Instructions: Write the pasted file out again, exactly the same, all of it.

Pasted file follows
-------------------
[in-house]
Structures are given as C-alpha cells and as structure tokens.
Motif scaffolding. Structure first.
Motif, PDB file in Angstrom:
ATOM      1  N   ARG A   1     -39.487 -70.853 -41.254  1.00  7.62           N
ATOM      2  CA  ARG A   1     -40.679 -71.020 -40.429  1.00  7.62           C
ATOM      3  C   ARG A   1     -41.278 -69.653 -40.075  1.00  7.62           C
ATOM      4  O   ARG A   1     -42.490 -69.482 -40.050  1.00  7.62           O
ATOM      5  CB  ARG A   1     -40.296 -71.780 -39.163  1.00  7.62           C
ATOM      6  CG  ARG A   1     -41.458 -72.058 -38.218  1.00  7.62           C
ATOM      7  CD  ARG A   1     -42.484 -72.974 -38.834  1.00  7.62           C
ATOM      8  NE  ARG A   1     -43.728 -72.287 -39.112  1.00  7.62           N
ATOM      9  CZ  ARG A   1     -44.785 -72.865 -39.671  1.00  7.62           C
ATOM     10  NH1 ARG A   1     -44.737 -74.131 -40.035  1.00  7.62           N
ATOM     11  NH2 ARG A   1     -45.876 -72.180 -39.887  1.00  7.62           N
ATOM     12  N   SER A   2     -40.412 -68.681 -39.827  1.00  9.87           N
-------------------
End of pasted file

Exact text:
[in-house]
Structures are given as C-alpha cells and as structure tokens.
Motif scaffolding. Structure first.
Motif, PDB file in Angstrom:
ATOM      1  N   ARG A   1     -39.487 -70.853 -41.254  1.00  7.62           N
ATOM      2  CA  ARG A   1     -40.679 -71.020 -40.429  1.00  7.62           C
ATOM      3  C   ARG A   1     -41.278 -69.653 -40.075  1.00  7.62           C
ATOM      4  O   ARG A   1     -42.490 -69.482 -40.050  1.00  7.62           O
ATOM      5  CB  ARG A   1     -40.296 -71.780 -39.163  1.00  7.62           C
ATOM      6  CG  ARG A   1     -41.458 -72.058 -38.218  1.00  7.62           C
ATOM      7  CD  ARG A   1     -42.484 -72.974 -38.834  1.00  7.62           C
ATOM      8  NE  ARG A   1     -43.728 -72.287 -39.112  1.00  7.62           N
ATOM      9  CZ  ARG A   1     -44.785 -72.865 -39.671  1.00  7.62           C
ATOM     10  NH1 ARG A   1     -44.737 -74.131 -40.035  1.00  7.62           N
ATOM     11  NH2 ARG A   1     -45.876 -72.180 -39.887  1.00  7.62           N
ATOM     12  N   SER A   2     -40.412 -68.681 -39.827  1.00  9.87           N